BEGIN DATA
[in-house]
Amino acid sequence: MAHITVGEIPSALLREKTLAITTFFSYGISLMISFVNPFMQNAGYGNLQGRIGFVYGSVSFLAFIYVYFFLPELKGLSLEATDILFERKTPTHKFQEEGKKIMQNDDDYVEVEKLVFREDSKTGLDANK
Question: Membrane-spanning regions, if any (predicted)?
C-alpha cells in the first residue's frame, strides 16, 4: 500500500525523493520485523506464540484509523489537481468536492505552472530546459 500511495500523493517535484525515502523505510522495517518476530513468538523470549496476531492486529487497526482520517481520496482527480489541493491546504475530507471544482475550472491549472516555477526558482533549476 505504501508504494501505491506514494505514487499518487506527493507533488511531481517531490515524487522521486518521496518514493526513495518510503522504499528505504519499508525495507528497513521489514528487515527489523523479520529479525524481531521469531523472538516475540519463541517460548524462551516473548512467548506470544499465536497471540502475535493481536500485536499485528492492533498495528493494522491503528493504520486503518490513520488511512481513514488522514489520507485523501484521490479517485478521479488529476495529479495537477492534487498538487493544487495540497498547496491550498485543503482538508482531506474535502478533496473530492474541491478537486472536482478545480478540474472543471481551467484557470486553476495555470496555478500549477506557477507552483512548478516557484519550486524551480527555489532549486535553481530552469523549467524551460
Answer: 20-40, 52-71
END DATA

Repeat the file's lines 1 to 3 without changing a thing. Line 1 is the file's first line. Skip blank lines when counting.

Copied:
[in-house]
Amino acid sequence: MAHITVGEIPSALLREKTLAITTFFSYGISLMISFVNPFMQNAGYGNLQGRIGFVYGSVSFLAFIYVYFFLPELKGLSLEATDILFERKTPTHKFQEEGKKIMQNDDDYVEVEKLVFREDSKTGLDANK
Question: Membrane-spanning regions, if any (predicted)?